Reps Etc.

MONDAY: AFF -- Map of Sex and Love 12:15 p.m. A prisoner escapes into the "forest of resurrection" in the fantasy Versus (Ryuhei Kitamura, Japan, 2002) 3 p.m. A hit man seeks punishment in the graphic Ichi the Killer (Miike Takashi, Japan, 2001) 5:25 p.m. Golden Key 7:40 p.m. Mother and daughter bicker and bond in Eliana Eliana (Riri Riza, Indonesia, 2002) 9:35 p.m.

TUESDAY: AFF -- Whispering Sand 12:15 p.m. Eliana, Eliana 2:25 p.m. Kwam Rian 4:15 p.m. Double Agent 7:15 p.m. Ichi the Killer 9:35 p.m.


2700 Saratoga (near West Red Line), Alameda, (510) 740-0220, $7. A new series of classic films screening in 35mm plays this summer in the Alameda facilities of Auctions by the Bay.

FRIDAY (Aug. 15): The ever-popular wartime romance Casablanca (Michael Curtiz, 1942) 7, 9:30 p.m.

SATURDAY (Aug. 16): The ever-popular Hollywood musical Singin' in the Rain (Gene Kelly, Stanley Donen, 1952) 7, 9:30 p.m.


2575 Bancroft (at Bowditch), Berkeley, (510) 642-1124, $8, second show $2. The East Bay mecca for film scholars, part of UC"s Berkeley Art Museum, thrives at its on-campus location, up the steps on Bancroft between Telegraph Avenue and the Hearst Gym.

WEDNESDAY: A two-month series of campy takes on immorality, "Excess of Evil," screens The Brotherhood of Satan (Bernard McEveety, 1971), with Strother Martin leading a pack of Satanists -- and who better than one of Sam Peckinpah's stock company of berserkers? 7:30 p.m.

THURSDAY: A children's dance troupe in war-torn Chechnya is the subject of Jos De Putter's documentary The Damned and the Sacred (Netherlands, 2002) 7:30 p.m.

FRIDAY: A Czech horror-fantasy series screens Zbynek Brynych's highly praised The Fifth Horseman Is Fear (1965; 7:30 p.m. ), set in Nazi-occupied Prague, and Karel Kachyna's The Ear (1969; 9:30 p.m. ), a very good film about a communist functionary and his wife who suspect that they're being bugged.

SATURDAY: The third stanza of Wang Bing's nine-hour documentary about China's northeastern industrial zone, Tie Xi Qu: West of the Tracks -- Part Three: Rails (2003) 7 p.m.

SUNDAY: W.C. Fields stars in his justly praised late comedy The Bank Dick (Edward Cline, 1940) -- he's the Prospero of this Tempest 5:30 p.m.

MONDAY: Theater closed.

TUESDAY: Hungarian documentarian Péter Forgács' study of political thinker István Bibó, A Bibó Reader (2001; 7:30 p.m. ), screens with Chris Marker's new cine-essay Remembrance of Things to Come (France, 2002; 9 p.m. ).


1834 Park (at Lake Merritt), Oakland, (510) 814-2400, $5 save as noted. Pizza, beer, and movies on two screens. Call theater for programs, booked a week in advance. The Parkway also offers occasional scheduled special programs.

THURSDAY (Aug. 14): An evening of "Tiki-sploitation" features the live dance troupe the Devil-Ettes, shorts by Otto Von Stroheim, and Roger Corman's She Gods of Shark Reef (1957). $8 7:30, 10 p.m.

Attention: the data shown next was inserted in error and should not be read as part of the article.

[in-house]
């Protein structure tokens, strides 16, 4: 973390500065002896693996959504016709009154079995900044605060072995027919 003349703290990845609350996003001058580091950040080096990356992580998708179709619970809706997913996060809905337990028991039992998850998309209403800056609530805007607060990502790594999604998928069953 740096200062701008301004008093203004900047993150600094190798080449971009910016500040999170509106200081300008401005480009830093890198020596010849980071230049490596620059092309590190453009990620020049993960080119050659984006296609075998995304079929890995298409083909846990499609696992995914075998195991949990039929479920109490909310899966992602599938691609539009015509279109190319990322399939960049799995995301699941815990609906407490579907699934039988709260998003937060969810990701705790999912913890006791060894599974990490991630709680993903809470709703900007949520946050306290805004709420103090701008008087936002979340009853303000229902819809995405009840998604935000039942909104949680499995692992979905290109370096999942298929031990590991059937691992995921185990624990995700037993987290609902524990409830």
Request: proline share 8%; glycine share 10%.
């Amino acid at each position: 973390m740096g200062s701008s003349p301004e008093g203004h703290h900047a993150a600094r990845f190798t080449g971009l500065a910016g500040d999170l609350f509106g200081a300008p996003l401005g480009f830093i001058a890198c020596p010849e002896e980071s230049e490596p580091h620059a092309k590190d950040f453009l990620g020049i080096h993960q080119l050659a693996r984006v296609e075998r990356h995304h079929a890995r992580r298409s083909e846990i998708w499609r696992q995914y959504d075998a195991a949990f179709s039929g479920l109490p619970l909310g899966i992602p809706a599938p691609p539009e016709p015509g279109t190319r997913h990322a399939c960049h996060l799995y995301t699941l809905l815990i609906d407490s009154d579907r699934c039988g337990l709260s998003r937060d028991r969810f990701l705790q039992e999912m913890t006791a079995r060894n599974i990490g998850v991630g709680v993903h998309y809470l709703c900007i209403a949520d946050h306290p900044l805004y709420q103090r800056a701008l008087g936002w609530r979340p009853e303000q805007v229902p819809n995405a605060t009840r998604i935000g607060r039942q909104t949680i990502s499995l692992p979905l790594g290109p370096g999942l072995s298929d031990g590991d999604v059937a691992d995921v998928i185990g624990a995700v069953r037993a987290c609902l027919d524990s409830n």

SUNDAY (Aug. 17): "Black in the Life," the 2003 Oakland International Black Gay, Lesbian, Bisexual, and Transgender Film Festival, screens features and shorts on projected video. Programs begin at 3 p.m. Features include Kali's Vibe (Shari Carpenter, 2001; 3:15 p.m. ) and Dakan (Mohamad Camara, Guinea, 1997; 6 p.m. ). See for more.

TUESDAY (Aug. 19): Local filmmaker Brien Burroughs' Suckerfish (1999), a black comedy set in the world of pet supplies 9:15 p.m.

MIDNIGHT SHOW (Saturday): The Rocky Horror Picture Show (Jim Sharman, 1975), with live performance by Barely Legal. $6.


1118 Fourth St. (at A), San Rafael, 454-1222, $9 save as noted. This three-screen repertory theater, now officially the Christopher B. Smith Rafael Film Center, is operated by the California Film Institute. Programs are complex; check carefully and call for confirmation.

WEDNESDAY & THURSDAY: The Weather Underground (Sam Green and Bill Siegel, 2003) Wed 9 p.m.; Thurs 6:45, 8:50 p.m. A spelling bee leaves kids Spellbound (Jeff Blitz, 2003) 6:30 p.m. Jacques Perrin's Winged Migration (France, 2002) 7, 9 p.m. Capturing the Friedmans (Andrew Jarecki, 2003) 8:35 p.m. See Ongoing for reviews.

WEDNESDAY: A Wednesday/Sunday Claudette Colbert series screens Frank Capra's classic It Happened One Night (1934) 7 p.m.

STARTS FRIDAY: The Secret Lives of Dentists (Alan Rudolph, 2003); see Ongoing for review. The Weather Underground, Spellbound, Winged Migration, and Capturing the Friedmans continue. Call for times.

SATURDAY: The fine cinematographer László Kovács appears in person to discuss his career (from Easy Rider through My Best Friend's Wedding) and screen Paper Moon (Peter Bogdanovich, 1973). $10 7:30 p.m.

SUNDAY: Mick LaSalle introduces the very interesting Pre-Code film Torch Singer (1933), with Claudette Colbert 7 p.m.


1727 Haight (at Cole), 668-3994, $6.50 save as noted. There's a spot on the couch for you at this collectively owned rep house.

WEDNESDAY & THURSDAY: David Lynch's signature film, Blue Velvet (1986), screens in a new print -- the flip side of Reagan's America 7, 9:30 p.m.; also Wed 2 p.m.

FRIDAY & SATURDAY: Jim Jarmusch's cult anti-western Dead Man (1995), with Johnny Depp a very unjolly prairie pirate 7, 9:25 p.m.; also Sat 2, 4:25 p.m.

SUNDAY & MONDAY: Damien Pettigrew's directorial portrait Fellini: I'm a Born Liar (Italy, 2002) 7:15, 9:30 p.m.; also Sun 2, 4:15 p.m.

TUESDAY & WEDNESDAY (Aug. 19 & 20): Direct from the Western White House, it's The Texas Chainsaw Massacre (Tobe Hooper, 1974) 7:15, 9:15 p.m.; also Wed 2 p.m.


3117 16th St. (at Valencia), 863-1087, $8. Short-run repertory in one of the most adventurously programmed theaters in the USA.

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